Most leave with a clay pot or shiny jewelry.
But Bridgette Ziemer went to Omaha's Summer Arts Festival and wound up with a new downtown apartment.
The time was ripe when the former East Coast city girl stopped at the booth marketing freshly renovated apartments at the historic Barker building at 15th and Farnam Streets.
Both daughters were in college. Her husband's consulting job was increasingly reliant on access to the near-downtown airport. The housing market had picked up enough that the couple had no problem selling the four-bedroom Millard-area house they bought after moving here from Philadelphia 12 years ago.
“I was like, 'OK, it's our turn,' ” Ziemer said. “I went home and put the house up for sale.”
Today, she and husband Jeff are unpacking in a two-bedroom, third-floor apartment about half the size of the suburban home that had provided a great yard and school district for growing kids.
With a new view toward the Missouri River and public library, they are among the first residents in the seven-story Barker, where construction continues on several other floors and is to be complete by November.
Six of 48 apartments have been occupied since late August, and property managers are pleased with the interest.
Pickleman's Gourmet Cafe opened four months ago in the ground-floor corner retail bay. Next month, an open-to-the-public Alegent Creighton Clinic and pharmacy is to move into the 2,200-square-foot commercial space along 15th Street. The remaining retail bay that fronts Farnam Street, formerly a longtime Buck's shoe store, is still for lease.
Before its ongoing renovation by Dicon Corp. and Shamrock Development, the 1929 Barker sat vacant for about a dozen years. It remains the namesake of one of Omaha's first families, who built two other buildings on the same site and saw them burn down before finally erecting today's concrete-and-steel neoGothic structure.
Dicon President Royce Maynard has converted other historic landmarks, so he is used to the rules and complications of trying to restore aging materials to their original state and character.
In this case, exterior windows were removed, blasted clean with baking soda and reinstalled.
Layers of drywall and glue were removed to uncover original marble walls. Terrazzo flooring and wood paneling were restored when possible. About 60 percent of wood flooring, much of it under old carpet or linoleum, was salvaged.
Fake ceilings that had been installed over the decades to save energy costs were removed to reveal original arched windows in top-floor apartments.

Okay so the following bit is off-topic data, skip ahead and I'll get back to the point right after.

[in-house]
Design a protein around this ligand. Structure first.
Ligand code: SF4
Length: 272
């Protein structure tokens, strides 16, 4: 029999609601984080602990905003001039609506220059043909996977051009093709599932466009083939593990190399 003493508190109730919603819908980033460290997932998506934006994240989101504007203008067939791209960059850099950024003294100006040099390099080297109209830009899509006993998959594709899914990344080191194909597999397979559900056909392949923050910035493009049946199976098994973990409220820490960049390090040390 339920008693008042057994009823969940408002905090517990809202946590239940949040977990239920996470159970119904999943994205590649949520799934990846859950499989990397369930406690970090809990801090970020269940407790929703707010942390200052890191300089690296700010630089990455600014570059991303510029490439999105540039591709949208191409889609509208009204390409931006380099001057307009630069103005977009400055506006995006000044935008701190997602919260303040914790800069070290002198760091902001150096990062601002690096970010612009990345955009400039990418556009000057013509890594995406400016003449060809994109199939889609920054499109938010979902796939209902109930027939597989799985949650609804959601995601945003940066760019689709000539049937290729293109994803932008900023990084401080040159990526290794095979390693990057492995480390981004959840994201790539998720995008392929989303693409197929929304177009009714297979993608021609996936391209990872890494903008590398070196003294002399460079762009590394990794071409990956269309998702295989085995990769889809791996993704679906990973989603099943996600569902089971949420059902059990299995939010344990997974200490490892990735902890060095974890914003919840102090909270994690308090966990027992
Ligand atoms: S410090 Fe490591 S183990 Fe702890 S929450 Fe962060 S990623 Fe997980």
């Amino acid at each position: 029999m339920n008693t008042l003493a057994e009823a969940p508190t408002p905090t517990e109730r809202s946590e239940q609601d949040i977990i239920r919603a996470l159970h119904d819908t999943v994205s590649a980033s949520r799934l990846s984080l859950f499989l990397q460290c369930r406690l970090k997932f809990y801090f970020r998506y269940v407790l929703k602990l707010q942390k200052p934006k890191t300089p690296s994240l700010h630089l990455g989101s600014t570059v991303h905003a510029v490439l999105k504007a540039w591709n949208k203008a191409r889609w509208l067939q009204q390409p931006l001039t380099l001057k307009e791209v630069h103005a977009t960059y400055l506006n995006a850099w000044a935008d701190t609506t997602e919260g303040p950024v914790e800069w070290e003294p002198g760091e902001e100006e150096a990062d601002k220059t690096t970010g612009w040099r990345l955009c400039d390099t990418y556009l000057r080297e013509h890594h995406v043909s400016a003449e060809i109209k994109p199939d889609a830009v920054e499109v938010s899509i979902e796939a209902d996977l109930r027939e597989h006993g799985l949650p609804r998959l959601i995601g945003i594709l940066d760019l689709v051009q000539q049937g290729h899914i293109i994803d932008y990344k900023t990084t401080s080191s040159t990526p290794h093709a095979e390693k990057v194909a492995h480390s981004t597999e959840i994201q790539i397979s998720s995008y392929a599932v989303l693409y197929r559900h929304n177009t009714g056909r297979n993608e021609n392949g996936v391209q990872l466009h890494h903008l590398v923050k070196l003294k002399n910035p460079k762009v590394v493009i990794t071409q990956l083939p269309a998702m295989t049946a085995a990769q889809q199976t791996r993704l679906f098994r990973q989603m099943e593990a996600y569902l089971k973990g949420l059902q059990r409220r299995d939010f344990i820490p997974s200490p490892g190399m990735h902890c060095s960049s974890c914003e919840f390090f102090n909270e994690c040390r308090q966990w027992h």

But there were surprises — like concrete beams that showed up in places that weren't marked on the original blueprints. Ceilings had to be dropped or raised to adjust.
“Nothing went as planned,” Maynard joked while giving a tour of the interior to The World-Herald. “What you think is going to happen doesn't always work out.”
A new building addition to create 18 apartments is being attached in the back of the building. A second stairwell also was constructed to meet building codes.
The Barker joins other defunct office spaces — including the Northern Natural Gas and Farm Credit Banks buildings — that were recently repurposed into residences. Monthly rent at the Barker ranges from $950 to about $2,000. Units vary in size from 750 square feet to 1,150 square feet.
Had the conversion project taken place prior to the housing collapse, condos might have replaced the former office space. But Maynard said bank loans for downtown condos aren't forthcoming today like they are for apartments, and he said demand for downtown apartments remains strong.
The soon-to-come clinic and pharmacy stand out, developers said, as signs that downtown Omaha is evolving into an area with enough residents to support more service-oriented outlets and nonfood retailers.
For Bridgette Ziemer, an emergency room nurse, the shift from suburbanite to downtown dweller was an easy choice.
“I like the noise — even the firetrucks,” she said. “I like to know the world goes on around me at all times.”
Her husband, whose job brought them to the Midwest, sometimes misses the backyard and grill. And while his office now will be relegated to a corner strip of the living room, he appreciates saving $60 per cab ride to the airport for his frequent business trips.
Bridgette is excited about ditching lawn work and saving the energy for outings with friends. She stops on the way home from work for groceries that might not exist in her new neighborhood.
As for daughters Carly and Erica, they like the thought of a downtown place to stay when they come home for breaks.
“There's so much development going on down here,” Bridgette said. “I think it's only going to get better.”